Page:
Leader: Ed Miliband must lead Labour’s debate about reforming the state
He has the opportunity to navigate between the different views but only if he asserts his authority and puts a stop to factional sniping.
There is a sensible and an absurd aspect to the debate about whether Ed Miliband and Ed Balls should set out in greater detail their plans for managing the public finances. The absurd part is the call to match the coalition’s spending framework when the government’s plans are not yet finalised. Many economists, examining the dismal outlook for growth, question whether the scale of spending restraint envisaged by the Chancellor is even possible. They expect tax rises and borrowing to take the fiscal strain. When the coalition might not be able to match its own spending plans, why should Labour offer to do so?
To wait and see is the only rational response. That isn’t to deny that serious political challenges await the Labour leadership as soon as the Comprehensive Spending Review is announced in June. George Osborne will do everything within his power to turn the event into a moment of interrogation for the opposition. Do Mr Miliband and Mr Balls agree that cuts are required? If so, will they have the courage to say where? Labour consistently struggles to take control of the terms of economic debate. This failure cannot be attributed simply to the insufficient passage of time, although some opposition MPs seem content to wait for the government to take a greater portion of public blame. The reality is that many people think that irresponsible spending by Gordon Brown is a principal cause of their current woes. They want reassurance that Labour sees government as something other than an opportunity to disburse other people’s money.
It is also true that many Labour supporters expect the party to erect barricades against austerity – a reasonable urge when the cuts are not restoring growth while gouging holes in the social fabric. If Mr Miliband wants to mount a broad “one-nation” challenge to the coalition, he must find a way to speak to both of those constituencies.
That is difficult but not impossible. Agreeing to spend as little as the Conservatives is not the answer; nor is implying that Labour would turn on the money taps again. The shrewd path between those extremes is to signal what the priorities for a Labour government would be and to license internal debate about how to spend more productively in those areas. Wavering voters do not want to hear a Labour leader boast that he can cut as brutally as the Tories but they will listen to his message more closely if it is founded on recognition of finite resources.
Labour is making progress in that respect. There is Andy Burnham’s plan for a “whole-person-care” revolution in the health service that accepts how demographic changes put long-term pressure on the NHS. In welfare, Liam Byrne has made the argument that investment in housing and job guarantees can save money by reducing the need for out-of work benefits.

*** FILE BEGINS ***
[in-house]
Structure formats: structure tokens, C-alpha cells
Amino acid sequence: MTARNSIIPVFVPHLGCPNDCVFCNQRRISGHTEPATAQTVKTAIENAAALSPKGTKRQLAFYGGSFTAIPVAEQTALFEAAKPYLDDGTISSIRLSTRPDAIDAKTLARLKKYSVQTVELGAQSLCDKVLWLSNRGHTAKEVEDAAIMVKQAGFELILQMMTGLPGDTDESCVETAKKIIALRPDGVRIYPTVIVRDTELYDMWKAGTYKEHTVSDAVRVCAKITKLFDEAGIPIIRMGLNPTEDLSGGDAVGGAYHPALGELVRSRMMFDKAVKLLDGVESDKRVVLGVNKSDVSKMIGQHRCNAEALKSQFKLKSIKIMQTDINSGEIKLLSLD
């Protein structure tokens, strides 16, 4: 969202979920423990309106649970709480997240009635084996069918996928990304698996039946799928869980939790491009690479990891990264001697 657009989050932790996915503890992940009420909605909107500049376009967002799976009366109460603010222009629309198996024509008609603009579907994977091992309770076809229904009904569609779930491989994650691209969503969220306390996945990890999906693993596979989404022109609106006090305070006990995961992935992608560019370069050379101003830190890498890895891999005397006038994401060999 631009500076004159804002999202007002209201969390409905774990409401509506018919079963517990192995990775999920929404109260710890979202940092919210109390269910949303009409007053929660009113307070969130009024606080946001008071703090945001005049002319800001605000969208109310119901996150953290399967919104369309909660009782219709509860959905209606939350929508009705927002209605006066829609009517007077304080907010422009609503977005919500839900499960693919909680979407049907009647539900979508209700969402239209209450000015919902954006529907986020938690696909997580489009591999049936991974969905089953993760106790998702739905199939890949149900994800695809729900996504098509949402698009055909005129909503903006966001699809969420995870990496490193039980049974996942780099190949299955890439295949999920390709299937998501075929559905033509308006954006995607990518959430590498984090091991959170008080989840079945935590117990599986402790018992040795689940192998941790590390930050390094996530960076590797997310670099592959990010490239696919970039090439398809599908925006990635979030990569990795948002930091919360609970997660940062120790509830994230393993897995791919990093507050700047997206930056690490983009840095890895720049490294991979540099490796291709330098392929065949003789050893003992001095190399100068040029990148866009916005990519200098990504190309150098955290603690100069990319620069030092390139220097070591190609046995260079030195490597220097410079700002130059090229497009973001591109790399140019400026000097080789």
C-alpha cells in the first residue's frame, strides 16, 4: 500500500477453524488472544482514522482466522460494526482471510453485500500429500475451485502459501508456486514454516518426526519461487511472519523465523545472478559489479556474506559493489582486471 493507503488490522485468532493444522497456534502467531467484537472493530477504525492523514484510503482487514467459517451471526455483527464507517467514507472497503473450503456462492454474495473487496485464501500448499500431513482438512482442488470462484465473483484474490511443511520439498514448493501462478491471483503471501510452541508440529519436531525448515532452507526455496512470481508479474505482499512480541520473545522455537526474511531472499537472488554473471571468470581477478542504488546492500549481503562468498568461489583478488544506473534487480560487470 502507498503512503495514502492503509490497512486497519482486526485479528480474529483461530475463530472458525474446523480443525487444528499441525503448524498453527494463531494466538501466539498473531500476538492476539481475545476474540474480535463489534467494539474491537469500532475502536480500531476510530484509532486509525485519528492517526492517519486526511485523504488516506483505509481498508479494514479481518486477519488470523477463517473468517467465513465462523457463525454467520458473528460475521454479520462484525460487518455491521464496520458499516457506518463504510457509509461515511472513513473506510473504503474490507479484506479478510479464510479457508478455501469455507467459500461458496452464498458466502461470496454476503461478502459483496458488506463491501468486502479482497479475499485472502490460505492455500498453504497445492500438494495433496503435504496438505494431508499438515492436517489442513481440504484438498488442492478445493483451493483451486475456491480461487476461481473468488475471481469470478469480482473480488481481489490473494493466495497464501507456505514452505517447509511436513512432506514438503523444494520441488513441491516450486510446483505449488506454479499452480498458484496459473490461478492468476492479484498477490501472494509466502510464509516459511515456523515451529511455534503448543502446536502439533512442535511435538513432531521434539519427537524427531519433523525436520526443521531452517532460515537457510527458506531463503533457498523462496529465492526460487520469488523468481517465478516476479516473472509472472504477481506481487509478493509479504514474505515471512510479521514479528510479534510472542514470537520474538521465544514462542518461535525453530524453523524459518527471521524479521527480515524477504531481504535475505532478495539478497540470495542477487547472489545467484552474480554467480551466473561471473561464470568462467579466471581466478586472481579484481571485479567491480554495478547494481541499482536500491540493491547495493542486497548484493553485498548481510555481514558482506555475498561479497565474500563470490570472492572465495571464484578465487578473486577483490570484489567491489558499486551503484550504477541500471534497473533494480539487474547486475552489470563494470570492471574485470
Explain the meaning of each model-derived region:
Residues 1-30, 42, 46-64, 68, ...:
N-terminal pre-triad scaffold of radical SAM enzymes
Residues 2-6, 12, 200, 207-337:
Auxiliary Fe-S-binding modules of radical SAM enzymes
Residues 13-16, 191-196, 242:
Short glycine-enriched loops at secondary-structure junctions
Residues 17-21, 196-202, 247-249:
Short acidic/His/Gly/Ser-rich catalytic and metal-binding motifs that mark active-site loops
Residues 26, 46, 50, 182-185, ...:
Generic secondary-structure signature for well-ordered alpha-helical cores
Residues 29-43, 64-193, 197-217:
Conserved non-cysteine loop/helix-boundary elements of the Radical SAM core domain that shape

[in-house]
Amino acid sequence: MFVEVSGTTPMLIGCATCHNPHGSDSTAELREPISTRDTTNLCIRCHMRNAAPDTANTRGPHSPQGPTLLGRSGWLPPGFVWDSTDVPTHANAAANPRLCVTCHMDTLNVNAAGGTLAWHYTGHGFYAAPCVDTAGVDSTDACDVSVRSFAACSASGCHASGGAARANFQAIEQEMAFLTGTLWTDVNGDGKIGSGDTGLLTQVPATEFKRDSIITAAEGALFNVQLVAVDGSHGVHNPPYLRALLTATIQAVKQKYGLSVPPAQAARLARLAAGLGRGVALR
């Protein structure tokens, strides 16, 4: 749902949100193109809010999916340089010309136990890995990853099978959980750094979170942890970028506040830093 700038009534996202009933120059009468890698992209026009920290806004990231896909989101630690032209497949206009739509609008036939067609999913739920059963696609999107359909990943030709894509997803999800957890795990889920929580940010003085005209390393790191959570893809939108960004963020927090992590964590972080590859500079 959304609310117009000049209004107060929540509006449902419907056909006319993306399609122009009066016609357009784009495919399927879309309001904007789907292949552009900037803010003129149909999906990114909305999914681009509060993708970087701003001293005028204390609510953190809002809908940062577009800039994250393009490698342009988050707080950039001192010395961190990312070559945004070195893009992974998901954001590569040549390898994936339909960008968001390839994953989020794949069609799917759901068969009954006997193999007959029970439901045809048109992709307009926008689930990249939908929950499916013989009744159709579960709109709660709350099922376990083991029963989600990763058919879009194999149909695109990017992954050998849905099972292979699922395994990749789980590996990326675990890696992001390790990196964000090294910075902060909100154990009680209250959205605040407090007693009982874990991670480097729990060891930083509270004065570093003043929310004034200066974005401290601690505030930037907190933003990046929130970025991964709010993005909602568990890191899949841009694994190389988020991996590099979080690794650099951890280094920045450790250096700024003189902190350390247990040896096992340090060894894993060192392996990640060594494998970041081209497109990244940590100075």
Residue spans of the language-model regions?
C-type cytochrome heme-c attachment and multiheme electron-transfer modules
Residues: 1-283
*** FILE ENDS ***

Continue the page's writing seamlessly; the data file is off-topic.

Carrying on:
Part of what Labour needs to achieve is a rehabilitation of the very idea of government intervention at a time when the Tories are committed to shrinking the state. This can only be done when coupled with an approach that values interventions according to how smart they are, not how generous.
There is a tendency in some parts of the left to resist that discussion as a relic of “Blairism”. In the Politics Interview on page 19, Unite’s general secretary, Len McCluskey, uses that term to denounce shadow cabinet ministers accused of leading Mr Miliband to electoral ruin.
This is an escalation of a rhetoric that, following Tony Blair’s recent New Statesman contribution to the debate about what Labour must do to win, risks presenting the party as irreconcilably divided.
There are inevitably strong differences of opinion about how Labour might govern in straitened times. Yet there is no challenge to Mr Miliband’s leadership. He has the opportunity to navigate between the different views but only if he asserts his authority and puts a stop to factional sniping. Attempts to paint Blairism as a toxin to be purged from the party are profoundly damaging and could stifle any talk of reforming the state. That discussion does not require accepting the Conservative terms of debate. It means having the confidence to fight the Tories, not just with pledges to preserve public services but with ideas to improve them. There is a tendency in the Labour Party to see statements of Budget priority as limiting the room for manoeuvre. Yet there is a way for Mr Miliband to develop a credible fiscal strategy that, by permitting a conversation about innovation and reform, he may find liberating.